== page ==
In recognition of her achievements, Paulk received the Gertrude Ederle award from the CS&PF for the most meritorious swim by a woman in 2021 for her two-way English Channel swim. She previously served as president of Swim Free, Inc., the preferred charity of NYC Swim, and raised over $75,000 between 2011 and 2017 in connection with her swims.

Dr. Evgenij Pop Acev, Honor Swimmer, Macedonia

Dr. Evgenij Pop Acev has an illustrious open water swimming career, winning three major titles: the 2015 and 2017 FINA Grand Prix Series (tied) and the 2019 FINA UltraMarathon Swim Series. He consistently reached the podium in these series competitions for nine consecutive years.

His marathon career spanned from 2007 to 2021, during which he competed in 106 world-class events across 21 countries. Evgenij secured marathon victories in six countries, including the 2016 Capri-Naples 36 km, 2015 Ohrid 33 km, 2005 Sabac 19 km, 2019 Veles 10 km, 2010 Bachko Gradiste 10 km, and 2012 Rovinj 5 km. His other notable podium finishes include the 2018 Santa Fe-Coronda 57 km, 2017 Lac St. Jean 32 km, and 2014 Lac Magog 34 km.

Simone Ruffini, Honor Swimmer, Italy

Simone Ruffini has had a distinguished open water swimming career, winning three major titles: the 2015 25km World Championship and the FINA 10km World Cup in 2016 and 2017. He competed from 2009 to 2022 across 17 countries, standing on the podium 18 times in 57 races (32%), with nine wins.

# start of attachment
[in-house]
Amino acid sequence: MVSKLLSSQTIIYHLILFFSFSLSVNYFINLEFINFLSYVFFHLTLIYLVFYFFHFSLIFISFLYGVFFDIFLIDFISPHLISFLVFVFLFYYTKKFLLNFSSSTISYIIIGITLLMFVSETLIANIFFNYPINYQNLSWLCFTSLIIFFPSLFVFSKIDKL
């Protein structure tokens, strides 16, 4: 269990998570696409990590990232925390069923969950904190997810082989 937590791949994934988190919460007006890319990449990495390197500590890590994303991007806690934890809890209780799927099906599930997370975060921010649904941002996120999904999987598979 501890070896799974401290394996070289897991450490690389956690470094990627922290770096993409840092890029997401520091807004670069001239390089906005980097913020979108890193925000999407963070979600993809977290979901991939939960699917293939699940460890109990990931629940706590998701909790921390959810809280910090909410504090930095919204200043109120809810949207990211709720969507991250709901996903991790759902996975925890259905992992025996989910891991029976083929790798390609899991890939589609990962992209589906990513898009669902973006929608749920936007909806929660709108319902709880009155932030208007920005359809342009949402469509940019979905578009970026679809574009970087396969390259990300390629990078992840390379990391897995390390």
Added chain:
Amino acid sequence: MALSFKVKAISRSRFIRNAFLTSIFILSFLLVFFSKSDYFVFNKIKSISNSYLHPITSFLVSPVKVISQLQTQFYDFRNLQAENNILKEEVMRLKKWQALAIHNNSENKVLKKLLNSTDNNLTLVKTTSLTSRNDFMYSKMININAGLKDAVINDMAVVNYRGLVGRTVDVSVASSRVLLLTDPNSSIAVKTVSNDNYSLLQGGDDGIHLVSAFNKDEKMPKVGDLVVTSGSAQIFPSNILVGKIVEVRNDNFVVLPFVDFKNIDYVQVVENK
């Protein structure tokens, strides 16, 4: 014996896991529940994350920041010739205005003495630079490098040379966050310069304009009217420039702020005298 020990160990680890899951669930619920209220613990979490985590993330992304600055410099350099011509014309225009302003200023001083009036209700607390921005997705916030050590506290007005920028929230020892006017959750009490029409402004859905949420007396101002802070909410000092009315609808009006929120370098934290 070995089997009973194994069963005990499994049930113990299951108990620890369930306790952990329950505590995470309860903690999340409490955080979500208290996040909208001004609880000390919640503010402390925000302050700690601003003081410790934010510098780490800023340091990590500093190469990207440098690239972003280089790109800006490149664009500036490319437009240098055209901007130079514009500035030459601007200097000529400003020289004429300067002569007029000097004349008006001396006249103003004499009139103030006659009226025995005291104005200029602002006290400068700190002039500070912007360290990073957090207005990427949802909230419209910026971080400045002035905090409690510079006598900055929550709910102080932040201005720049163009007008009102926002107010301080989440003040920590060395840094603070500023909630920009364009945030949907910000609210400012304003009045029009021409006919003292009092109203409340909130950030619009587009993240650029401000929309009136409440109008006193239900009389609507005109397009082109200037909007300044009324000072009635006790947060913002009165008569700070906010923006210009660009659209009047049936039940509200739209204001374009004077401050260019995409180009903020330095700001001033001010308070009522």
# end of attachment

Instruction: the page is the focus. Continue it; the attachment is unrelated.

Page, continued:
His 10km FINA World Cup victories include: 2018 in Seychelles, 2017 in Lac St Jean, 2016 in Hungary, Hong Kong, and China, 2015 in Argentina, and 2013 in México. Ruffini also participated in the 2016 Olympics in Rio. At longer distances, he finished 4th in the 25km World Championships in 2017 and 2019 after his victory in 2015 and placed 3rd in Capri-Naples 36km in 2021 and 2022.

In addition to these achievements, Ruffini won the 10km Summer Universiade in 2011. He was also part of the Italian National team that won gold in the Team Event at the European Championship in Hungary in 2010 and in the Netherlands in 2016.

Dan Simonelli, Honor Coach, United States of America

Dan Simonelli has been a most active coach, crew, and observer for marathon swimming in Southern California since 2011. He supported over 300 Catalina and Santa Barbara Channel swims, as well as other marathon swims. Simonelli coached and crewed swimmers in six countries across various distances: over 100 swims at 10 km, over 100 at 10 miles, and more than 65 at 25 km.

Several IMSHOF Honorees swam Catalina with Simonelli, including Kimberley Chambers in 2013, Attila Mányoki in 2015, Antonio Argüelles Díaz-González in 2017 (both single and 2-way), and Chloë McCardel and Jaime Lomelín Gavaldón in 2019. He also crewed for Chloë McCardel’s English Channel swim in 2016 and Antonio Argüelles Díaz-González’s Around Manhattan (second lap) in 2022.